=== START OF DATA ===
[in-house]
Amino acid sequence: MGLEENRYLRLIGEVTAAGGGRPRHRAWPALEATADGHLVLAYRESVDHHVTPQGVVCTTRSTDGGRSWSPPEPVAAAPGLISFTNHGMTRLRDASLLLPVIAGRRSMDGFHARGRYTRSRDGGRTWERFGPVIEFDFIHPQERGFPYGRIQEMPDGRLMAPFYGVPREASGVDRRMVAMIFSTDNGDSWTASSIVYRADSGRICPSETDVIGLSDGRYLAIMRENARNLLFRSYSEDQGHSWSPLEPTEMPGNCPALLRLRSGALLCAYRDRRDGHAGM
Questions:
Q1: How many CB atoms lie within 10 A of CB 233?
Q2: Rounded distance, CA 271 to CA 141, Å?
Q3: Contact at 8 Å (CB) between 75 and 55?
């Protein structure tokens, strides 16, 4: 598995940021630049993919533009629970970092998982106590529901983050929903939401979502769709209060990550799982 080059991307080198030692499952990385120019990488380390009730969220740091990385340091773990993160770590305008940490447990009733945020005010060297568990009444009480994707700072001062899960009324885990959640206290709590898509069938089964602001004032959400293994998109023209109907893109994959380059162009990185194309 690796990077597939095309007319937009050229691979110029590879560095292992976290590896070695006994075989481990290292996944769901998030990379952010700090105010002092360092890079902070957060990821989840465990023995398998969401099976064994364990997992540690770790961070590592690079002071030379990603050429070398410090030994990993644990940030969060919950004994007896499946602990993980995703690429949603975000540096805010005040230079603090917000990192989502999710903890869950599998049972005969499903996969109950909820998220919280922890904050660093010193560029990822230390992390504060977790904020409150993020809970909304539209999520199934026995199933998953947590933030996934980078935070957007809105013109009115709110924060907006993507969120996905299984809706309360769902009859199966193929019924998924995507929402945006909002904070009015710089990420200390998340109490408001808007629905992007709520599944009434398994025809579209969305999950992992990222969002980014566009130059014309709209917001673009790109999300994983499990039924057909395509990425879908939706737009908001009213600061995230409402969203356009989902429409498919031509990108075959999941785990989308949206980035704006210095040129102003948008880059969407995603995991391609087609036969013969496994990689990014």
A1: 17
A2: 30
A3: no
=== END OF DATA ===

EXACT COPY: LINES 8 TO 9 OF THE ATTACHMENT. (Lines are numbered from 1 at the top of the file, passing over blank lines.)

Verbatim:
A1: 17
A2: 30